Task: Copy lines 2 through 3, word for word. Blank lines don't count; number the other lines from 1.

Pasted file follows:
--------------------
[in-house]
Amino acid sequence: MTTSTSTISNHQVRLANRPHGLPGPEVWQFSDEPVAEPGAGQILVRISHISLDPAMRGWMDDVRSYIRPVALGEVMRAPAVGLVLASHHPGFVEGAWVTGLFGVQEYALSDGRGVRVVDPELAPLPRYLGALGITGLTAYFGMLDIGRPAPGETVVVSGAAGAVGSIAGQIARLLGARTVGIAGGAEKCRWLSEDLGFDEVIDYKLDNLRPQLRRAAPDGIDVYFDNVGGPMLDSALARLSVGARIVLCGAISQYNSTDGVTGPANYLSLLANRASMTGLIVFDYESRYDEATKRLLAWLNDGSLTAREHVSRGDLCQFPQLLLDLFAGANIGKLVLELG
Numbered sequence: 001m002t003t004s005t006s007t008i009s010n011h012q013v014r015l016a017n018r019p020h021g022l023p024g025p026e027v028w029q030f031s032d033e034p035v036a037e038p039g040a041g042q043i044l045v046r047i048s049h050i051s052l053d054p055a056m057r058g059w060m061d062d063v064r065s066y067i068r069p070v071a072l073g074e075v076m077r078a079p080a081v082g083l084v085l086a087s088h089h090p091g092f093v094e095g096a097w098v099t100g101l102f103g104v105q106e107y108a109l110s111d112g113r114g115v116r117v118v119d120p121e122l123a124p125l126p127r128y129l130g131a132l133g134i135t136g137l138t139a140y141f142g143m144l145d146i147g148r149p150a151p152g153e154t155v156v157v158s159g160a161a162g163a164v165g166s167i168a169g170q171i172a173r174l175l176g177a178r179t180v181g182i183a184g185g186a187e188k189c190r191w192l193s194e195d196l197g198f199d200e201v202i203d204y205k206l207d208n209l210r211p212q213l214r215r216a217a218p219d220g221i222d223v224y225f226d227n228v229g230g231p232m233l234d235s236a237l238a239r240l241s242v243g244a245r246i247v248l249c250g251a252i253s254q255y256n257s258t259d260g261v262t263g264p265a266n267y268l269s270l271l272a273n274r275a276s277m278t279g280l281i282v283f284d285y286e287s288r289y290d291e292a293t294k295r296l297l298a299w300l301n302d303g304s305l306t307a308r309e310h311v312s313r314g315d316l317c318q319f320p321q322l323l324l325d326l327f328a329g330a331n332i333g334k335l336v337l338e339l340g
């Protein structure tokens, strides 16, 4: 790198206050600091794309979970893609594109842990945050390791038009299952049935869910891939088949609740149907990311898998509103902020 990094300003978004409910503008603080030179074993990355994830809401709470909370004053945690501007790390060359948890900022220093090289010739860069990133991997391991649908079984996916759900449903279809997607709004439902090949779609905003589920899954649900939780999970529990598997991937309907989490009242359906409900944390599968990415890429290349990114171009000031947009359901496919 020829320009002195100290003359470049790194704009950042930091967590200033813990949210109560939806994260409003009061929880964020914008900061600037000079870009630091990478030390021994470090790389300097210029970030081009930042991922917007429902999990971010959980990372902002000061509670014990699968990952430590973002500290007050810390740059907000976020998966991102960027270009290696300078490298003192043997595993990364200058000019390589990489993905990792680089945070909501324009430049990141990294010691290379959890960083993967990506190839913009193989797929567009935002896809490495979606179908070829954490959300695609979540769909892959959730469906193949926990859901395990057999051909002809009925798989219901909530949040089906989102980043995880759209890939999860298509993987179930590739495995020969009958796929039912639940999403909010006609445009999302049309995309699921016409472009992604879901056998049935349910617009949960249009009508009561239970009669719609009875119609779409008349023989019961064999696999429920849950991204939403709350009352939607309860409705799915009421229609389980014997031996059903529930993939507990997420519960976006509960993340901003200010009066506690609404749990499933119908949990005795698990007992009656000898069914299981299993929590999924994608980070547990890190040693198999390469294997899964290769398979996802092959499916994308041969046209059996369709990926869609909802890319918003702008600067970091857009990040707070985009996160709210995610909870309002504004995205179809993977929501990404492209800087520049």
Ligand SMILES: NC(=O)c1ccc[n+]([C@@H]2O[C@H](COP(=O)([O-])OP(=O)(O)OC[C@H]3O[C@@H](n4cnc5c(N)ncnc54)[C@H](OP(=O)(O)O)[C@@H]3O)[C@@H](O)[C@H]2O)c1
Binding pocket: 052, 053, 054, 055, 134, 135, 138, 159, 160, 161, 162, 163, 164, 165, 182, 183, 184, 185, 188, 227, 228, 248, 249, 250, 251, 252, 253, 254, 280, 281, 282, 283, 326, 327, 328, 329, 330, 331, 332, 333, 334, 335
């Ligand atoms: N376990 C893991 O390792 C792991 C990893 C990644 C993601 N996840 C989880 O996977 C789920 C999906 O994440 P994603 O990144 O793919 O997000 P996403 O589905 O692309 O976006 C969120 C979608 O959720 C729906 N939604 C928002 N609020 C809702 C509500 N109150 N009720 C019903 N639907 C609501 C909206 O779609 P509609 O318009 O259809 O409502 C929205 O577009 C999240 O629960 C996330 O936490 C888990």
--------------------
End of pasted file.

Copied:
Amino acid sequence: MTTSTSTISNHQVRLANRPHGLPGPEVWQFSDEPVAEPGAGQILVRISHISLDPAMRGWMDDVRSYIRPVALGEVMRAPAVGLVLASHHPGFVEGAWVTGLFGVQEYALSDGRGVRVVDPELAPLPRYLGALGITGLTAYFGMLDIGRPAPGETVVVSGAAGAVGSIAGQIARLLGARTVGIAGGAEKCRWLSEDLGFDEVIDYKLDNLRPQLRRAAPDGIDVYFDNVGGPMLDSALARLSVGARIVLCGAISQYNSTDGVTGPANYLSLLANRASMTGLIVFDYESRYDEATKRLLAWLNDGSLTAREHVSRGDLCQFPQLLLDLFAGANIGKLVLELG
Numbered sequence: 001m002t003t004s005t006s007t008i009s010n011h012q013v014r015l016a017n018r019p020h021g022l023p024g025p026e027v028w029q030f031s032d033e034p035v036a037e038p039g040a041g042q043i044l045v046r047i048s049h050i051s052l053d054p055a056m057r058g059w060m061d062d063v064r065s066y067i068r069p070v071a072l073g074e075v076m077r078a079p080a081v082g083l084v085l086a087s088h089h090p091g092f093v094e095g096a097w098v099t100g101l102f103g104v105q106e107y108a109l110s111d112g113r114g115v116r117v118v119d120p121e122l123a124p125l126p127r128y129l130g131a132l133g134i135t136g137l138t139a140y141f142g143m144l145d146i147g148r149p150a151p152g153e154t155v156v157v158s159g160a161a162g163a164v165g166s167i168a169g170q171i172a173r174l175l176g177a178r179t180v181g182i183a184g185g186a187e188k189c190r191w192l193s194e195d196l197g198f199d200e201v202i203d204y205k206l207d208n209l210r211p212q213l214r215r216a217a218p219d220g221i222d223v224y225f226d227n228v229g230g231p232m233l234d235s236a237l238a239r240l241s242v243g244a245r246i247v248l249c250g251a252i253s254q255y256n257s258t259d260g261v262t263g264p265a266n267y268l269s270l271l272a273n274r275a276s277m278t279g280l281i282v283f284d285y286e287s288r289y290d291e292a293t294k295r296l297l298a299w300l301n302d303g304s305l306t307a308r309e310h311v312s313r314g315d316l317c318q319f320p321q322l323l324l325d326l327f328a329g330a331n332i333g334k335l336v337l338e339l340g